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In the news: 15 July 2016

A look back at some of the week's news

UCU calls for Higher Education Bill to be scrapped

Following the news yesterday that the universities and skills briefs would go back to the department of education under new secretary of state Justine Greening, UCU said the government had to scrap the Higher Education and Research Bill, due to receive its second reading on Tuesday.

The Independent said changes to government departments, cabinet appointments, and the Brexit result had prompted UCU to call plans to continue to push the bill through Parliament "absurd."

Writing in the Guardian, UCU general secretary, Sally Hunt, said the implications of the Brexit vote on universities should have already been enough to halt proceedings.

She said: 'The bill was conceived in a pre-Brexit world and, whatever its merits or otherwise, its significance for higher education is dwarfed by the implications of the UK leaving the EU. Now the universities and skills brief has been moved into a different government department it is time to put the bill to one side.'


Four things that must happen to protect higher education after Brexit

Writing in Times Higher Education earlier this week, Sally Hunt set out four things that the government needs to do now.

First, we need a commitment that those EU nationals who are here now can stay. Their economic contribution is enormous and any other message - such as the idea that they could be used as bargaining chips in the Brexit negotiations - will damage the UK's reputation.

Second, we must quickly establish the potential loss of research, social fund and fee income arising from Brexit and make sure our universities have sufficient public funding to continue to compete with the world's best.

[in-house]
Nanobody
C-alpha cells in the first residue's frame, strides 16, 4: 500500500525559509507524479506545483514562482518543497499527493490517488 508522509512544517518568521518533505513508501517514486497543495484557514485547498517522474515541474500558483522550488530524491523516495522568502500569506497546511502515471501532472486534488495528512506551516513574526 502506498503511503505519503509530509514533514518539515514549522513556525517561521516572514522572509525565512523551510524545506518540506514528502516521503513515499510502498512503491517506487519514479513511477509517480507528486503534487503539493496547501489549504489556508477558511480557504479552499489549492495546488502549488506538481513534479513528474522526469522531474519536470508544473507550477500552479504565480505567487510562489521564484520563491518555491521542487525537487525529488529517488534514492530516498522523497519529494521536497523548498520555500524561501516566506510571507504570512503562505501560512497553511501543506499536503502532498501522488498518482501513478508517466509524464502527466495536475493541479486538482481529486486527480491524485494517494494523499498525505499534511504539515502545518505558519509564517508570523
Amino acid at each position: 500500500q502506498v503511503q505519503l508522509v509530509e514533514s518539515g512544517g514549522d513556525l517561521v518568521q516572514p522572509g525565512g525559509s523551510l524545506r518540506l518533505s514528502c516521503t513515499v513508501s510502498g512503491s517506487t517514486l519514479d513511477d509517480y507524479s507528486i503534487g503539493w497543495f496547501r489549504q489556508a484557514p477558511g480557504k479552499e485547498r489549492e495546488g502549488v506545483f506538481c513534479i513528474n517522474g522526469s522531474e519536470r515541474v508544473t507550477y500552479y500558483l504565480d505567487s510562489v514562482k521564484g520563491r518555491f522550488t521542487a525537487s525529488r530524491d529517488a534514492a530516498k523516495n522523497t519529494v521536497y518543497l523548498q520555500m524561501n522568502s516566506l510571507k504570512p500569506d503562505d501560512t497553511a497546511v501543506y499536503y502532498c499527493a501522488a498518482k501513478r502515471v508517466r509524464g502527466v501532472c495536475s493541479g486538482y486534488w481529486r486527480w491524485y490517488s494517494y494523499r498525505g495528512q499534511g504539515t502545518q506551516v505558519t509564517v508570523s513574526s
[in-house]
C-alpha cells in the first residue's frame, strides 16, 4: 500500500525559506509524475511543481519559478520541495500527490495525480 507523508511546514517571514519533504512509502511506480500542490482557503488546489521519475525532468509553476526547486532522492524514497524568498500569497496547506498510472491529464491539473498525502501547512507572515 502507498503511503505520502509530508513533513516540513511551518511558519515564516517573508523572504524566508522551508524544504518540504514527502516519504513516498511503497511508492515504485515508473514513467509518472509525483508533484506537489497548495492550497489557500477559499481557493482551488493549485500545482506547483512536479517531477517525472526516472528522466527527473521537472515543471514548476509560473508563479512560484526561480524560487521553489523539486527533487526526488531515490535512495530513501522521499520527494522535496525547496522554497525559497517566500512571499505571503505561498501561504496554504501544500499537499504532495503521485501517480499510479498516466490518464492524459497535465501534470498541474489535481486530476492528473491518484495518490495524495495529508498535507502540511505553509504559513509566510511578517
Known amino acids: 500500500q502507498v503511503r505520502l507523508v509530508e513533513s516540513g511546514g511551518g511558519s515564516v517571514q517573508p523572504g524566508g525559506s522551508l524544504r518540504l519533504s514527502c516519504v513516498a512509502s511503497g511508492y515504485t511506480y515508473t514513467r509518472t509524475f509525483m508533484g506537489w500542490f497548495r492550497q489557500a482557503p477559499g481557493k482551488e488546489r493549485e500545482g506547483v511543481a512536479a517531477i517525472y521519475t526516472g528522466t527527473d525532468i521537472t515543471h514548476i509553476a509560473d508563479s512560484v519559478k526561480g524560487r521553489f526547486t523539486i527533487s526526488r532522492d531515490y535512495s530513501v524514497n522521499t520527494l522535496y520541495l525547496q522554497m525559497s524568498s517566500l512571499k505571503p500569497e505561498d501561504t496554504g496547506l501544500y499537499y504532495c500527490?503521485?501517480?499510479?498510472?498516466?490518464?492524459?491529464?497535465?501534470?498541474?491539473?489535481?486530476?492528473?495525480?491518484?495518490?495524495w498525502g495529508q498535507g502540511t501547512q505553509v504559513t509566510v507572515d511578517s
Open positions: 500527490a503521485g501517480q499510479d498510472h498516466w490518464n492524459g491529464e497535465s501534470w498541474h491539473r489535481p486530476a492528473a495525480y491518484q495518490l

Third, we need the government to drop its now irrelevant higher education bill and instead call an immediate nonpartisan inquiry into how we can ensure our colleges and universities remain open to staff and students from around the world.

Fourth, we need politicians and the press to recognise their responsibilities.  Blaming immigration is an old game of course but in a climate where almost all politicians seem to be frightened of outlining its benefits, we risk damaging our society beyond repair.


UCU response to Ofsted report on the Prevent duty in further education

UCU said on Tuesday that vague definitions and inconsistent advice have made it hard for colleges to understand the government's controversial anti-extremism guidance and protect open discussion and academic freedom.

The union was responding to a report from Ofsted that criticised colleges' efforts in implementing the duty, saying many saw it simply as a tick-box exercise. Responding to the report Sally Hunt said: 'UCU has consistently warned that the Prevent duty risks doing more harm than good by shutting down debate on contentious topics and creating mistrust between teachers and students. College teachers have always taken their duty of care to students very seriously, so the focus on implementing the Prevent duty is both unnecessary and potentially counterproductive.

She told the BBC that the government's "vague definitions of British values and local authorities" inconsistent advice have offered little help to providers struggling to understand the duty while still protecting open discussion and academic freedom.'


Strikes from the south-west to the north-east this week in the higher education pay dispute

Ten institutions took action this week with Edge Hill and Exeter kicking things off on Monday. Open University, Rose Burford College, Arts University Bournemouth and Keele University were out on Tuesday, while Roehampton University and the University of Teesside walked out on Wednesday.

Canterbury Christ Church University ran a Bastille Day themed strike yesterday and members at Swansea University are out today. Next week members at Liverpool Hope University, St Mary's University and the University of East London are taking action.

Last updated: 15 July 2016